Locked into entrenched stalemates with occasional costly but inconsequential forays, the Gallipoli campaign was beginning to resemble the Western Front. Three months after the landings at Cape Helles and Anzac Cove, the Allies were still contained on their beachheads.
James Kerr: The days are very quiet now, at times there being not even a shot fired, and you begin to wonder if there is really a war on. But you don’t wonder for very long, for Abdul just takes it into his head and throws over a little 11inch shell, which not only alters the landscape but somehow interferes with the geography of the place. We have nicknames for all the Turkish shells and guns. There is “Turkish Delight”, “Long Tom”, “Weary Willie”, our old friend “Jack Johnson”, and “Beachy Bill”. We are quite used to them now, and can generally tell where they are going to land by the screech of them. M.C., Maryborough WBB Historical Society, Letters from the Front Line.
Anzac commander General Birdwood had won respect from the Australians and New Zealanders, the British officer understanding the free spirited men from the colonies were much different in character from the British Tommies. He tolerated their casual ways, viewed as unacceptable indiscipline by other British officers, not flinching when occasionally a soldier would call him “Birdie” to his face.
Frustrated by the stalemate, “Birdie” developed a plan to send two columns north at night, breaking through the northern lines at Anzac and climbing through almost impassable and poorly mapped ridges and gullies to seize the heights of the Sari Bair range.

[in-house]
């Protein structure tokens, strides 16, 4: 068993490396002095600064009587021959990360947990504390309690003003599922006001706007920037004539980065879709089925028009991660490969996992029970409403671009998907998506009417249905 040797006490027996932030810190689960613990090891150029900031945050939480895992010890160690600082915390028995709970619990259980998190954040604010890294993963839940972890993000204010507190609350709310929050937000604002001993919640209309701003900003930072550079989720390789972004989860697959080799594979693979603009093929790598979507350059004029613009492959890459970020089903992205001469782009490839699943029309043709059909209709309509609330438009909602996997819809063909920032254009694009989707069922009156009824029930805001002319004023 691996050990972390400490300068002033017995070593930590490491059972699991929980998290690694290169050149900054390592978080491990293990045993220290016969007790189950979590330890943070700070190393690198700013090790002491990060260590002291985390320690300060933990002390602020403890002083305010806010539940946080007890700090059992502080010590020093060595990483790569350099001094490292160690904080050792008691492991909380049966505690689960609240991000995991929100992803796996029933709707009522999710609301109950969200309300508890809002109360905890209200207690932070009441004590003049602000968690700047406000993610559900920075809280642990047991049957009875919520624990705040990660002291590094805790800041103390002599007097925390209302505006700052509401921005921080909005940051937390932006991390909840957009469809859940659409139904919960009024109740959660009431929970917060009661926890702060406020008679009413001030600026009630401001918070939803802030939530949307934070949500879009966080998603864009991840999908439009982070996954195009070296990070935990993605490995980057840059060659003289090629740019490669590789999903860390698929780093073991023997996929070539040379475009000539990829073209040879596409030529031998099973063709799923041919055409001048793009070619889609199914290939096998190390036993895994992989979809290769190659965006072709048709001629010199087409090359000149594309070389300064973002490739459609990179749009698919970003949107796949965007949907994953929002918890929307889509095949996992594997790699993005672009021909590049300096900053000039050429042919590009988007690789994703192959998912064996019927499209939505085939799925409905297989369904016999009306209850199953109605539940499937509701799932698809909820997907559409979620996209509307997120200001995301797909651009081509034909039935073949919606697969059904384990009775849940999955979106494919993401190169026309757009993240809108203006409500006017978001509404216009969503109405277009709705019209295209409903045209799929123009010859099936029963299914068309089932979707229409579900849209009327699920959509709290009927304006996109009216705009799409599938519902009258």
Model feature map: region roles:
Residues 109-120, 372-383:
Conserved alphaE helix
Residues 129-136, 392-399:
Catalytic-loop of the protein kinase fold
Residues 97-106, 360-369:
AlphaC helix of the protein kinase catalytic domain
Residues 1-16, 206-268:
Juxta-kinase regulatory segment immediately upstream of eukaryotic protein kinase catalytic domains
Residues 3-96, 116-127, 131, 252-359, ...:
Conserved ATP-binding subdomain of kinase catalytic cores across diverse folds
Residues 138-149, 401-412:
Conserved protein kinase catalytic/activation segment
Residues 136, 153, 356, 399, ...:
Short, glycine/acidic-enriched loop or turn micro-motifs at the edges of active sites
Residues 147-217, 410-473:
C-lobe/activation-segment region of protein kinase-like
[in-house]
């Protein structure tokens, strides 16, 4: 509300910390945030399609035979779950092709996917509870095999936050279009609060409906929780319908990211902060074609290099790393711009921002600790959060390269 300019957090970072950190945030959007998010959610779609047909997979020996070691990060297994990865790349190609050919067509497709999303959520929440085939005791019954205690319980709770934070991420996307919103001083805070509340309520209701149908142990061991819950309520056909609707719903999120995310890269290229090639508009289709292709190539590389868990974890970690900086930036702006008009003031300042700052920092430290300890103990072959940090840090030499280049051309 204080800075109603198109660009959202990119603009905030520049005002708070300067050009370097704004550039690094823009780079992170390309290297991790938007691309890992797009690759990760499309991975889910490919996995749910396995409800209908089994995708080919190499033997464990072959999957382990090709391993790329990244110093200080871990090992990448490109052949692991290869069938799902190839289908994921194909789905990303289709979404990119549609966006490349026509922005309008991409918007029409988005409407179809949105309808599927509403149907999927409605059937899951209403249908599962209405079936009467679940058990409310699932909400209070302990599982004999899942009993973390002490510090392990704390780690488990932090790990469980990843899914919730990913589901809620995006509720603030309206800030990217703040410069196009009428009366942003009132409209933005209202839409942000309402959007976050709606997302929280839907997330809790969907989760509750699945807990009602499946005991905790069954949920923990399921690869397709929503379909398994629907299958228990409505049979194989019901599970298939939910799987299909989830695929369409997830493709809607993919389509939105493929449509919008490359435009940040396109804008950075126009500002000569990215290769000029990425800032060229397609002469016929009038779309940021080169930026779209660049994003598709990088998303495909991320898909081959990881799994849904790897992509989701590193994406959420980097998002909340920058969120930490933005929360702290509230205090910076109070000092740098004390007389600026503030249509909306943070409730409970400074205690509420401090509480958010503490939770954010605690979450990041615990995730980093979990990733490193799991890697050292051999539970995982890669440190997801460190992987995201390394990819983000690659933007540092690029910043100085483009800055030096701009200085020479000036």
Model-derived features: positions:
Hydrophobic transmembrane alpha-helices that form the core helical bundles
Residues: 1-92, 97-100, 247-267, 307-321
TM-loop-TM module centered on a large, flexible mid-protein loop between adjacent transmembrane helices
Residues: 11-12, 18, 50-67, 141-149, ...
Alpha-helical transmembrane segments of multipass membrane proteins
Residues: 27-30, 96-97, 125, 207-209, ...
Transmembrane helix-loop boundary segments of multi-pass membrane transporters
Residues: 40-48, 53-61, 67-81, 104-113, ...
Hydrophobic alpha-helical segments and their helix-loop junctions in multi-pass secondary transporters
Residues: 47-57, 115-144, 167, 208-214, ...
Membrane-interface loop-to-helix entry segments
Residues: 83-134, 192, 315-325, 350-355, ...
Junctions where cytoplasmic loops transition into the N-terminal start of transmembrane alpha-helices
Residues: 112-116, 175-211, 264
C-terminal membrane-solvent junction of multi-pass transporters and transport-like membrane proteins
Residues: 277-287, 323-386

A diversionary attack was planned at Lone Pine. A frontal advance at the narrow strip of land known as The Nek would depend on the New Zealanders circling around to attack defenders from the rear.
Expedition leader General Ian Hamilton was enthusiastic, adding to the complexity with a diversionary attack at Helles and a British landing to the north at Suvla Bay.
A few hours after the diversionary Australian attack at the Lone Pine plateau began late on August 6, the New Zealand, Australian, Indian and British forces were to move out north in two columns and be in position to attack the peaks Hill 971 ( Koja Chemen Tepe) and Chunuk Bair at dawn
The plan called for the New Zealand infantry to turn right into the steep gullies and make their way to the ridgeline just below Chunuk Bair. The Australians, Indians and British under the command of General Herbert Cox, were to turn right a little further north and be in a similar position to take Hill 971, the highest point on the Sari Bair range.
Harry Browne, Wellington Mounted Rifles Regiment: At 9 o’clock sharp the Mounteds and the Maoris were to charge. Some of the Maoris were to act in conjunction with the Auckland Mounteds in the attack on old No. 3 outpost. As the sun set on Friday 6th August they gathered around their native chaplain. A brief service was held in their own tongue. To me it was a historic scene.
After a few words, the hymn Jesu Lover of My Soul was sung in Maori. The parts blended beautifully. The contingent had 25 tenors and the chaplain in splendid voice sang solo. Is there any language more beautiful as that of our natives when set to music?
My squadron stood round silent, listening intently. There was something pathetic about the tune and scene that brought tears to my eyes and yet as we listened we felt that they and we could go through anything with that beautiful influence behind us.
The hymn ceased. There was a silence that could be felt and then Maori and Pakeha heads were bowed while the native prayer and benediction were pronounced.
A brief message was read to the Contingent, and they dispersed, we all remarking that they could not go wrong after all that grand singing. Later on we heard the fierce ‘Kamate’ from the same throats resounding from the hill they captured. The war cry mingled strangely with the cheers of the Aucklanders. Harry Browne, Wellington Mounted Rifles Regiment, in Gavin McLean, Ian McGibbon and Kynan Gentry (eds), The Penguin book of New Zealanders at war, Penguin, North Shore, 2009, pp. 141–2
* Records of General Cox are in the Gallipoli Room at the Maryborough Miitary and Colonial Museum.